This report originally published at defense.gov.
With the help of a Tragedy Assistance Program for Survivors initiative, 12 Gold Star children participated in a variety of life-enhancing activities April 11-15 in New York City.
They met Wall Street executives on the floor of the New York Stock Exchange for the opening bell, toured CBS News headquarters with producers and news anchor Jeff Glor and visited National Football League headquarters with commissioner Roger Goodell.
“I got to see a new perspective of the world,” said Chelsea Briggs, from Kapolei, Hawaii. Gold star children have lost a parent while he or she was serving on active duty. Briggs is the daughter of Air Force Staff Sgt. Raymond Briggs, who died in an accident Dec. 1, 2010.
Briggs said being a member of TAPS and participating in events like this have helped her.
“In the beginning, it was really hard, just graduating from high school and starting college,” she said. “My dad was always the one to talk to me about going to college or how to do certain things in life when I get older. For TAPS to fill that void, it’s very special for me because I still have that connection. I have that part of my life where I can get that advice I need about growing up without my dad.”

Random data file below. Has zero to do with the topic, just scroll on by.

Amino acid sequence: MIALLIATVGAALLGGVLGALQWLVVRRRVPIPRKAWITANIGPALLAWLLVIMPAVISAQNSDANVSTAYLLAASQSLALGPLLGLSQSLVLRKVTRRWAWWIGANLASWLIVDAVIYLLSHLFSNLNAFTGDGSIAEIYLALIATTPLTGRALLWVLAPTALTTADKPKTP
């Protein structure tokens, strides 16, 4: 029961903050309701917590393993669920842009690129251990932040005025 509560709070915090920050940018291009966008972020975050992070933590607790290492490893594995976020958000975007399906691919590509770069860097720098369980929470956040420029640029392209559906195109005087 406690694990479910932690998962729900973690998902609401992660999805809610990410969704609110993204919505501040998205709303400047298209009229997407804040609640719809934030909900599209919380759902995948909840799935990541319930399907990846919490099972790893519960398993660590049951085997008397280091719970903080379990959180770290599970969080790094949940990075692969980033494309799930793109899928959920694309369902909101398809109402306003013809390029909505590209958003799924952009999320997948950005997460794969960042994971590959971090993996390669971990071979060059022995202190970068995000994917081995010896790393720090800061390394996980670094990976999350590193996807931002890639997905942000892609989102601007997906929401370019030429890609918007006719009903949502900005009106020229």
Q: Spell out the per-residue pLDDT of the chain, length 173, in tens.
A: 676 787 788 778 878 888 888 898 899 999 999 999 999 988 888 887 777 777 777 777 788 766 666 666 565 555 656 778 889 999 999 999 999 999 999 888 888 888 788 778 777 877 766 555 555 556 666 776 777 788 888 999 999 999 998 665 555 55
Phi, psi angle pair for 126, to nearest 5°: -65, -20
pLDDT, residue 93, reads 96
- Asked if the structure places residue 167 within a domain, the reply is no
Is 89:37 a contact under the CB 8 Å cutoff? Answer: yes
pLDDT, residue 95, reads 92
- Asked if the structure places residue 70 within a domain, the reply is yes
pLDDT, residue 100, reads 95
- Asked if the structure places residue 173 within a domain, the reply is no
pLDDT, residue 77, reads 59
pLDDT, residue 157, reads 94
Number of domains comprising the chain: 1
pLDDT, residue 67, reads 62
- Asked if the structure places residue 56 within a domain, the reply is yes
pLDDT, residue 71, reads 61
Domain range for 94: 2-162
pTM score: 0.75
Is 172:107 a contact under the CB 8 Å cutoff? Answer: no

Bridge From Childhood to Adulthood
The young adults were outfitted in business attire by stylists at Macy’s. This was TAPS’ way, sponsored by the NFL, to help establish the bridge from childhood into adulthood for those who must face that challenge without the guidance of their missing parents, said Bonnie Carroll, TAPS president and founder.
“We have to go through life differently. We’re no longer normal children. We don’t have that dad to teach us how to tie a tie,” said Wesley Greene, from Washington, D.C., surviving son of Marine Corps Lt. Col. David Greene, a helicopter pilot who was killed in Iraq on July 28, 2004.
At every stop, the 12 Gold Star children met with professionals in the careers they hope to pursue, and they spoke about the importance of public and government service as a leadership skill. These 12 Gold Star children are known as “legacy mentors.” They were chosen from hundreds of applicants, and they are now mentoring others.
“Legacy mentors are extraordinary young adults who have sacrificed so much for our country, and it is inspirational that they have chosen to give back to grieving military children in a way only they can,” Carroll said. “They are living legacies of American service and sacrifice, and they honor their parent’s life by turning their grief into compassion for others. They are wonderful examples of resilience who will go on to do great things for our country.”
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